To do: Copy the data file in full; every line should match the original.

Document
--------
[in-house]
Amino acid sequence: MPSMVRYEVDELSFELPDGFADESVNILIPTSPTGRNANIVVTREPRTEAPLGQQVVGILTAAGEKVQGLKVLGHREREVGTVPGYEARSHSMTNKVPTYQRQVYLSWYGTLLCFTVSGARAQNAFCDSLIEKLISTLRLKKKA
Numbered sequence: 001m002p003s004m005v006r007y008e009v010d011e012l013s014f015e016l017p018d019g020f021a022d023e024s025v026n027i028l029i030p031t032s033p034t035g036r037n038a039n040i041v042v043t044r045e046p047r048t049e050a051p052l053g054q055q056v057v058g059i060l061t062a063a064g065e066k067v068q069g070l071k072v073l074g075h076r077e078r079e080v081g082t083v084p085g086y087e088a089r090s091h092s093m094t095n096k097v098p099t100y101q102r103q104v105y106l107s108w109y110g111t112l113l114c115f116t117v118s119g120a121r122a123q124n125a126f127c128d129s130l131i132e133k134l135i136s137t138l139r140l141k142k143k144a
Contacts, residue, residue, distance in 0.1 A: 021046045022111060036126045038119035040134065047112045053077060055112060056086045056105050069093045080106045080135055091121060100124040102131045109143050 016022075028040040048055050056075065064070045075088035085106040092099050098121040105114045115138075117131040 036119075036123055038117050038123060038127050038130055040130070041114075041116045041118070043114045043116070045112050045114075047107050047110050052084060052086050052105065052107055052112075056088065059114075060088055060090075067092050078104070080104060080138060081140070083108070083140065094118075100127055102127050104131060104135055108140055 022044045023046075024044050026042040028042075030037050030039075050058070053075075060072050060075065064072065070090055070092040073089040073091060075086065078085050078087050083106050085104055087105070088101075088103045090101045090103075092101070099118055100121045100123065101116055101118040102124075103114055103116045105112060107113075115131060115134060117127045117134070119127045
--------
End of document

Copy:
[in-house]
Amino acid sequence: MPSMVRYEVDELSFELPDGFADESVNILIPTSPTGRNANIVVTREPRTEAPLGQQVVGILTAAGEKVQGLKVLGHREREVGTVPGYEARSHSMTNKVPTYQRQVYLSWYGTLLCFTVSGARAQNAFCDSLIEKLISTLRLKKKA
Numbered sequence: 001m002p003s004m005v006r007y008e009v010d011e012l013s014f015e016l017p018d019g020f021a022d023e024s025v026n027i028l029i030p031t032s033p034t035g036r037n038a039n040i041v042v043t044r045e046p047r048t049e050a051p052l053g054q055q056v057v058g059i060l061t062a063a064g065e066k067v068q069g070l071k072v073l074g075h076r077e078r079e080v081g082t083v084p085g086y087e088a089r090s091h092s093m094t095n096k097v098p099t100y101q102r103q104v105y106l107s108w109y110g111t112l113l114c115f116t117v118s119g120a121r122a123q124n125a126f127c128d129s130l131i132e133k134l135i136s137t138l139r140l141k142k143k144a
Contacts, residue, residue, distance in 0.1 A: 021046045022111060036126045038119035040134065047112045053077060055112060056086045056105050069093045080106045080135055091121060100124040102131045109143050 016022075028040040048055050056075065064070045075088035085106040092099050098121040105114045115138075117131040 036119075036123055038117050038123060038127050038130055040130070041114075041116045041118070043114045043116070045112050045114075047107050047110050052084060052086050052105065052107055052112075056088065059114075060088055060090075067092050078104070080104060080138060081140070083108070083140065094118075100127055102127050104131060104135055108140055 022044045023046075024044050026042040028042075030037050030039075050058070053075075060072050060075065064072065070090055070092040073089040073091060075086065078085050078087050083106050085104055087105070088101075088103045090101045090103075092101070099118055100121045100123065101116055101118040102124075103114055103116045105112060107113075115131060115134060117127045117134070119127045